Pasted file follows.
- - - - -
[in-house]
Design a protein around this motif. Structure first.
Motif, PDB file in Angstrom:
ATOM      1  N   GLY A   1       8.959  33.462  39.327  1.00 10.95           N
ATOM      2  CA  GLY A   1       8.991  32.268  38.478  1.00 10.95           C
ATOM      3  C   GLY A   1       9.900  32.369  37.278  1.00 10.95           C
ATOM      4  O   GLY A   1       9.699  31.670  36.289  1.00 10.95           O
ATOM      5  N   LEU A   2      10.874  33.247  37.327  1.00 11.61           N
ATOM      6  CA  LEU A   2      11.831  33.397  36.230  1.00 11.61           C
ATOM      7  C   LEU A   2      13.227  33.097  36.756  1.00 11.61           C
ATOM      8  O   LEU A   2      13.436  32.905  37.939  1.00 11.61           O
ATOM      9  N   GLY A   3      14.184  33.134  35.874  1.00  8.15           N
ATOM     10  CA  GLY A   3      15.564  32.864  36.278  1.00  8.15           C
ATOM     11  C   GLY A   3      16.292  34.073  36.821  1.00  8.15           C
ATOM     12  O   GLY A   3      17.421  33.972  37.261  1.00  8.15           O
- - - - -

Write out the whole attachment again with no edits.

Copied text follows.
[in-house]
Design a protein around this motif. Structure first.
Motif, PDB file in Angstrom:
ATOM      1  N   GLY A   1       8.959  33.462  39.327  1.00 10.95           N
ATOM      2  CA  GLY A   1       8.991  32.268  38.478  1.00 10.95           C
ATOM      3  C   GLY A   1       9.900  32.369  37.278  1.00 10.95           C
ATOM      4  O   GLY A   1       9.699  31.670  36.289  1.00 10.95           O
ATOM      5  N   LEU A   2      10.874  33.247  37.327  1.00 11.61           N
ATOM      6  CA  LEU A   2      11.831  33.397  36.230  1.00 11.61           C
ATOM      7  C   LEU A   2      13.227  33.097  36.756  1.00 11.61           C
ATOM      8  O   LEU A   2      13.436  32.905  37.939  1.00 11.61           O
ATOM      9  N   GLY A   3      14.184  33.134  35.874  1.00  8.15           N
ATOM     10  CA  GLY A   3      15.564  32.864  36.278  1.00  8.15           C
ATOM     11  C   GLY A   3      16.292  34.073  36.821  1.00  8.15           C
ATOM     12  O   GLY A   3      17.421  33.972  37.261  1.00  8.15           O